Now that the U.S.-led coalition has ended the brutal regime of Iraqi dictator Saddam Hussein, the task ahead is to help the Iraqi people map out their future. An interim administration composed of coalition leaders is overseeing that process. The deputy interim administrator, British General Tim Cross, said the ultimate goal -- freedom for the Iraqi people -- makes the difficult times ahead worthwhile:
"We're off to a good start. It's a journey. And I think we need to be honest about this: this is not going to be easy. We will make mistakes. And we will get things wrong. And we will listen to the Iraqi people"
Some Iraqis are already exercising their newly won freedom by staging demonstrations demanding that the coalition get out of the country. But as coalition interim administrator, retired U.S. General Jay Garner, said, the protests will not deter the coalition:
"The ability to demonstrate and disagree and all that is the first step in a democratic process. I certainly don't think that represents anywhere near the majority. I think the majority is very solid. The majority has been very safe. The majority is still somewhat afraid. And I think as you see them get more comfortable, you'll see more favoritism toward the U.S."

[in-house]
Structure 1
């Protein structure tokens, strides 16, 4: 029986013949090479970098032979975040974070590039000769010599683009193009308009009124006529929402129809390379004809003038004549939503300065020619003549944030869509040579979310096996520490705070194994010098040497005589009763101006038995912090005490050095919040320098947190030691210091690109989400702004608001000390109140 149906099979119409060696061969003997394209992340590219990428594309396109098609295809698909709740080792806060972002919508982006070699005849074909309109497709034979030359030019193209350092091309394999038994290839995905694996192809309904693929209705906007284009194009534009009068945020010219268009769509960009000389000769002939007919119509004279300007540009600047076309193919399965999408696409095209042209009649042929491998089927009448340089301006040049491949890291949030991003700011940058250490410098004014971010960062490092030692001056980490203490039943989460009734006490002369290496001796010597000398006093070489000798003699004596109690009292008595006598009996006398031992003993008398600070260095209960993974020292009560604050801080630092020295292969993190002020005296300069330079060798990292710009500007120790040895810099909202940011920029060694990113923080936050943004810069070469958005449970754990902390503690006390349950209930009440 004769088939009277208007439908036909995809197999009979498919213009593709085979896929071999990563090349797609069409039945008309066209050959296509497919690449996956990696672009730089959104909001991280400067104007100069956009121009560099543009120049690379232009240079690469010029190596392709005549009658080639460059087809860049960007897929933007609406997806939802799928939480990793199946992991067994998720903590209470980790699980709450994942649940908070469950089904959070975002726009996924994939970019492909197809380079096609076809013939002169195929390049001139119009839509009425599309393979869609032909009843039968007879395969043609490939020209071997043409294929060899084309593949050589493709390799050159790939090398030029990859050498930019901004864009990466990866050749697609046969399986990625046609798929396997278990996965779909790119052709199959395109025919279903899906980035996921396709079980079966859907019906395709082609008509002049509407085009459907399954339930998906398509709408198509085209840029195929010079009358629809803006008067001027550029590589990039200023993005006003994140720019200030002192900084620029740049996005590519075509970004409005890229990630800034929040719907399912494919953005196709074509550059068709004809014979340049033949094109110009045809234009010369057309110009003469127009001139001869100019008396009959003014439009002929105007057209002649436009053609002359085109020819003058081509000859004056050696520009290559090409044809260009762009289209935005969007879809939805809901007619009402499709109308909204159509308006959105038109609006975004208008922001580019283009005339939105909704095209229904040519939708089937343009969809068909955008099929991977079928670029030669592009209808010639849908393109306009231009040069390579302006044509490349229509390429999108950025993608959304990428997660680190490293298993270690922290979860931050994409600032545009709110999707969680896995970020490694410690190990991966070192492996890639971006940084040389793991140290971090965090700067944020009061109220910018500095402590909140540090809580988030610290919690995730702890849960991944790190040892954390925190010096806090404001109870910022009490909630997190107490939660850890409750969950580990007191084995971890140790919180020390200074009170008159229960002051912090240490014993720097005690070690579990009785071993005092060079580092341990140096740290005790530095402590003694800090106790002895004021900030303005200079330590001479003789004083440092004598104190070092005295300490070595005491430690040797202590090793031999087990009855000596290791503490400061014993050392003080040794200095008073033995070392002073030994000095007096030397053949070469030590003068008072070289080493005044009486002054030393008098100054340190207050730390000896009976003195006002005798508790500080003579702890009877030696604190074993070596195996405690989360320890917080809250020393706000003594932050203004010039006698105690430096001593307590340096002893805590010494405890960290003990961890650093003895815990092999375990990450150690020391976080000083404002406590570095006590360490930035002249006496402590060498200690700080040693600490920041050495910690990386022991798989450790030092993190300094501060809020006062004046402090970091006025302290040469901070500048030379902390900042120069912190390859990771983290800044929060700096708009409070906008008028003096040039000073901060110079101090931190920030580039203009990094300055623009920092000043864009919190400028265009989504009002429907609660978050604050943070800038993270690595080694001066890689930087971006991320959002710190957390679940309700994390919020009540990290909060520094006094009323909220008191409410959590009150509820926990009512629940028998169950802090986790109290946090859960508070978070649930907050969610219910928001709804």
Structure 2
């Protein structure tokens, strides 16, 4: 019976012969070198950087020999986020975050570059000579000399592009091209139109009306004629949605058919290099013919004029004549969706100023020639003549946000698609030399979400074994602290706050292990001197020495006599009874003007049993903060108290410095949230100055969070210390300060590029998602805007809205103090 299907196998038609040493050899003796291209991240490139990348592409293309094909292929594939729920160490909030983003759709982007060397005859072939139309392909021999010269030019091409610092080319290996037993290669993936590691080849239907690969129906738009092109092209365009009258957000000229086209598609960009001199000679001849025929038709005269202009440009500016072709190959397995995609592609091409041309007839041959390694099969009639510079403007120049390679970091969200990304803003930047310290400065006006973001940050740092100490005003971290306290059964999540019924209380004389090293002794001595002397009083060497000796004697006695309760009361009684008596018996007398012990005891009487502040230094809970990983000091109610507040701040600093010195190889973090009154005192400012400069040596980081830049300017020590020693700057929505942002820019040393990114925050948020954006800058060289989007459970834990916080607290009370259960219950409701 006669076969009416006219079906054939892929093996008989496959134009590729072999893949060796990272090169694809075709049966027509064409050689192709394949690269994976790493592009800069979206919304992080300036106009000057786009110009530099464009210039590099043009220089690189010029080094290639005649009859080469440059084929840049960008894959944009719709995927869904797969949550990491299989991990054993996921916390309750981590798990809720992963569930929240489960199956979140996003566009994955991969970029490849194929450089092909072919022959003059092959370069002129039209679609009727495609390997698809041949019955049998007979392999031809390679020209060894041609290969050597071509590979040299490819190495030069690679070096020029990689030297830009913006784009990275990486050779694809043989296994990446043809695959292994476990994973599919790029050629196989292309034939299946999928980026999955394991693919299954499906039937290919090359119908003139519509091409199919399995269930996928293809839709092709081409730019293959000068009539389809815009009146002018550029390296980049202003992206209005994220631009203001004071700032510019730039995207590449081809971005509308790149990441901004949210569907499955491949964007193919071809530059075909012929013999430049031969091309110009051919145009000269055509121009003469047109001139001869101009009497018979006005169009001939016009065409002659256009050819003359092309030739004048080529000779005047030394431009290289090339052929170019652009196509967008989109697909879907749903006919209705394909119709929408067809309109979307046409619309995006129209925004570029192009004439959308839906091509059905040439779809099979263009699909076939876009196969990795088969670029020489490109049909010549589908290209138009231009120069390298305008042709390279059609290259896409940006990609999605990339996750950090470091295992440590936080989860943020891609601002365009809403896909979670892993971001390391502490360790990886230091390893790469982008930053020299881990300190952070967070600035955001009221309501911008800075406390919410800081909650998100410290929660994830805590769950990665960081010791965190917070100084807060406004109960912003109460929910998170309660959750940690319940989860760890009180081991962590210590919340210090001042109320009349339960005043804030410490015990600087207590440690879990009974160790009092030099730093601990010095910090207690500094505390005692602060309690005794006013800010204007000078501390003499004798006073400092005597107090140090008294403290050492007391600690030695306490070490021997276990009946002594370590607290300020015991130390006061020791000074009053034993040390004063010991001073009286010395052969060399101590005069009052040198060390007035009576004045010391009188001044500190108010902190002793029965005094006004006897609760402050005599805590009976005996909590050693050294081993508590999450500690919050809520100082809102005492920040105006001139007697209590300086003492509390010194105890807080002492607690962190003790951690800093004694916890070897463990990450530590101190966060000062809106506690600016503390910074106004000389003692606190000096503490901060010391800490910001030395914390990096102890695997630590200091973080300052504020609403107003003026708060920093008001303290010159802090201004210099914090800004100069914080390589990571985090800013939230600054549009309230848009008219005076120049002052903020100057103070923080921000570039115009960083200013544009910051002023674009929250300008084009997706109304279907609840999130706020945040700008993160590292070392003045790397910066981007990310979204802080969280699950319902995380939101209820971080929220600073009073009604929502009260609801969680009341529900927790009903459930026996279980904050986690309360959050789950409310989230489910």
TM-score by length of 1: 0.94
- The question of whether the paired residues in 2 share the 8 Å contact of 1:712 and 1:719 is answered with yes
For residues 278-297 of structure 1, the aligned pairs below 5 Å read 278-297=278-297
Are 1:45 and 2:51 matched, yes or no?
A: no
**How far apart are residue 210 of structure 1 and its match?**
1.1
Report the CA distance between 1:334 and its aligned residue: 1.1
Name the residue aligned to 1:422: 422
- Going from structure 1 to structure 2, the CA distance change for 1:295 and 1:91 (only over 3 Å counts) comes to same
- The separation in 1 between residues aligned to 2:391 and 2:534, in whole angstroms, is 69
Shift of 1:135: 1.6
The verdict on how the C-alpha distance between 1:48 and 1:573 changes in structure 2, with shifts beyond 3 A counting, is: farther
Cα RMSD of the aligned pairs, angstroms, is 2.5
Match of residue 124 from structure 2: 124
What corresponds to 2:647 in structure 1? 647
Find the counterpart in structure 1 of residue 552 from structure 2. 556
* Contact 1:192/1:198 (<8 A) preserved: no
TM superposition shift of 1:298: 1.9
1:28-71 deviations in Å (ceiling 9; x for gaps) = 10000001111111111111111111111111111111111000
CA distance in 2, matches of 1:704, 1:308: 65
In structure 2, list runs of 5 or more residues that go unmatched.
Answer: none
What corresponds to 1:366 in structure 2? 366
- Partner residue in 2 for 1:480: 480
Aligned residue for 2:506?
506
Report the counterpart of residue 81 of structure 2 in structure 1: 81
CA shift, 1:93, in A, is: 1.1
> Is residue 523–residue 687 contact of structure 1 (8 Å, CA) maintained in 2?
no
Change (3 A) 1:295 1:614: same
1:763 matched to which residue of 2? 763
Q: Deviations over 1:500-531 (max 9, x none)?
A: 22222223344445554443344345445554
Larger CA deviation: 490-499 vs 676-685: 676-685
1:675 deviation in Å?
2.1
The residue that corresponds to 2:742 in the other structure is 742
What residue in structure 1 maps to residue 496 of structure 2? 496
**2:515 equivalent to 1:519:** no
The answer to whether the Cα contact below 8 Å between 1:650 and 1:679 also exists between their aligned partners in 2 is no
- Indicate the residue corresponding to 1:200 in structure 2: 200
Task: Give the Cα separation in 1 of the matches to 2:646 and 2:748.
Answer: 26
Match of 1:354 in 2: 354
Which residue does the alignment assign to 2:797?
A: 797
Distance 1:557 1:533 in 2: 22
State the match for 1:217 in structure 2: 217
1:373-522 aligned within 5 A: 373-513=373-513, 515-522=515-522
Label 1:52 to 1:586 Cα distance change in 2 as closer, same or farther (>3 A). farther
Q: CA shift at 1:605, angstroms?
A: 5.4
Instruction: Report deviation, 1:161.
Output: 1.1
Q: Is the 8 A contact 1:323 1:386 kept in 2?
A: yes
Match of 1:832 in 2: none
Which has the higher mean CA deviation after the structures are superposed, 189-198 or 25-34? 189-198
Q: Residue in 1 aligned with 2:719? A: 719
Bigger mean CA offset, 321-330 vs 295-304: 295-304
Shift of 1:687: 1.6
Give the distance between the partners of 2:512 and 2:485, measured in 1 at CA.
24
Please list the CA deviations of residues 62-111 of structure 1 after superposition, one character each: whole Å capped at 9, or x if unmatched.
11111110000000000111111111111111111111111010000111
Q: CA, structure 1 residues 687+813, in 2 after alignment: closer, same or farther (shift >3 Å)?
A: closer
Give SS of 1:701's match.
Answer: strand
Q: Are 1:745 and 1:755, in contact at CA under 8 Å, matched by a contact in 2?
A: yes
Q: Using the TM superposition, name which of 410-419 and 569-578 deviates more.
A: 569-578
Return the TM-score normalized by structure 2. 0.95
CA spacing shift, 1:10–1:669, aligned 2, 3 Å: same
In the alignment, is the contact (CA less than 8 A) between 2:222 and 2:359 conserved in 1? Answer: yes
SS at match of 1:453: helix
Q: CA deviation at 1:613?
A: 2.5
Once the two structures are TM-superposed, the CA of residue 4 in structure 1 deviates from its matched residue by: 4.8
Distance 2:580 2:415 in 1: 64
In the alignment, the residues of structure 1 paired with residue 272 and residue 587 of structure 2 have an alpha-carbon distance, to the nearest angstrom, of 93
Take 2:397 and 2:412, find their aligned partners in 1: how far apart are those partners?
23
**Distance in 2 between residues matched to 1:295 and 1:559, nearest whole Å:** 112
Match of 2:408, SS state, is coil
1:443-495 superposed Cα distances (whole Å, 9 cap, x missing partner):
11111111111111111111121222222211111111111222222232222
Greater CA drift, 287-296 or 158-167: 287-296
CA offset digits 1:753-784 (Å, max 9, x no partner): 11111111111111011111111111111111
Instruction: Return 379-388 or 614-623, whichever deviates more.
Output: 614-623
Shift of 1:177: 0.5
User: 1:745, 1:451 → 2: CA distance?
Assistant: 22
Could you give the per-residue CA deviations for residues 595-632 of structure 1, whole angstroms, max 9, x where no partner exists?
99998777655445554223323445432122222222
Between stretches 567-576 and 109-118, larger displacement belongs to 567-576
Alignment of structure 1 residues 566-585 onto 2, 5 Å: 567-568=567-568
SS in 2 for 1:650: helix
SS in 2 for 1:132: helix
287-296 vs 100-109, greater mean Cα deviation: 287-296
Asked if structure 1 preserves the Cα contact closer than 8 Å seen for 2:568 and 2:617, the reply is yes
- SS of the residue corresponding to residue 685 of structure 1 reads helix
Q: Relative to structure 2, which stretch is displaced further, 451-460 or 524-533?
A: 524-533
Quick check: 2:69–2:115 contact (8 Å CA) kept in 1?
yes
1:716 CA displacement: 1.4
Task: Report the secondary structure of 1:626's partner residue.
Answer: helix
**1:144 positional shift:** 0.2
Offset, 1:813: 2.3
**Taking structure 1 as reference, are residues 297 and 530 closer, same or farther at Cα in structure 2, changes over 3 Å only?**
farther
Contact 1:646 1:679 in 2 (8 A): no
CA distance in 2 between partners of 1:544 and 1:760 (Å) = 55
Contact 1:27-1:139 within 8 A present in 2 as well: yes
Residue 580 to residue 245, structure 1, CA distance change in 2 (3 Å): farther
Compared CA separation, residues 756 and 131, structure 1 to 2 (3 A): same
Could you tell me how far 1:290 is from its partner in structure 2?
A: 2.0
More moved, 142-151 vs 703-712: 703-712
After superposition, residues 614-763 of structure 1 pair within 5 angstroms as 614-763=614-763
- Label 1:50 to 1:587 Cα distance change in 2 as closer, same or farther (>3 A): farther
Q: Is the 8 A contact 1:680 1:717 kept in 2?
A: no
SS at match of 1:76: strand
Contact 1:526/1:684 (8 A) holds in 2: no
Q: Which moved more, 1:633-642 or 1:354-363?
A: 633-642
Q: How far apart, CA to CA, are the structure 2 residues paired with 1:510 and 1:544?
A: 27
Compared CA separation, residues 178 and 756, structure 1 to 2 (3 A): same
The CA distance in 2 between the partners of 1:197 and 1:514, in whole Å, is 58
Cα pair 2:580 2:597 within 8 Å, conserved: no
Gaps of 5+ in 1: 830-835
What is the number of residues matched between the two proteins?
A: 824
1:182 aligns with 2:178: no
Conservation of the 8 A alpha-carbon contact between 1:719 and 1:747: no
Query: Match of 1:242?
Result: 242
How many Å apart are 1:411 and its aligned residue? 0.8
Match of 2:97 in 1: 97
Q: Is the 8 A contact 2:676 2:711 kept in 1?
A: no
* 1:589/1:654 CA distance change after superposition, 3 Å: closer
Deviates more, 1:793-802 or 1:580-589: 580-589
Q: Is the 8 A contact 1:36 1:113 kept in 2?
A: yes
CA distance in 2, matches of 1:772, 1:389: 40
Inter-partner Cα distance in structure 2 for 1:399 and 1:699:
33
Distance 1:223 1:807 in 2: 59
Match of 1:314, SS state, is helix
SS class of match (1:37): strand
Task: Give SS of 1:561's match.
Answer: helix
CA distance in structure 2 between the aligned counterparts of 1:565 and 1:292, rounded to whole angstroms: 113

Despite the protests, as deputy administrator Cross said, it is clear that the majority of the Iraqi people want a democratic future:
"The spirit of freedom burns in the heart of the Iraqi people like any other nation on earth. They will be the ones who decide their future. And they will be the ones who decide to form a democracy that they want to live in."
That process is underway. Meetings are being held throughout the country between coalition officials and exile groups, former opposition figures, and tribal and religious leaders. They will create an interim authority that will govern Iraq until elections can be held.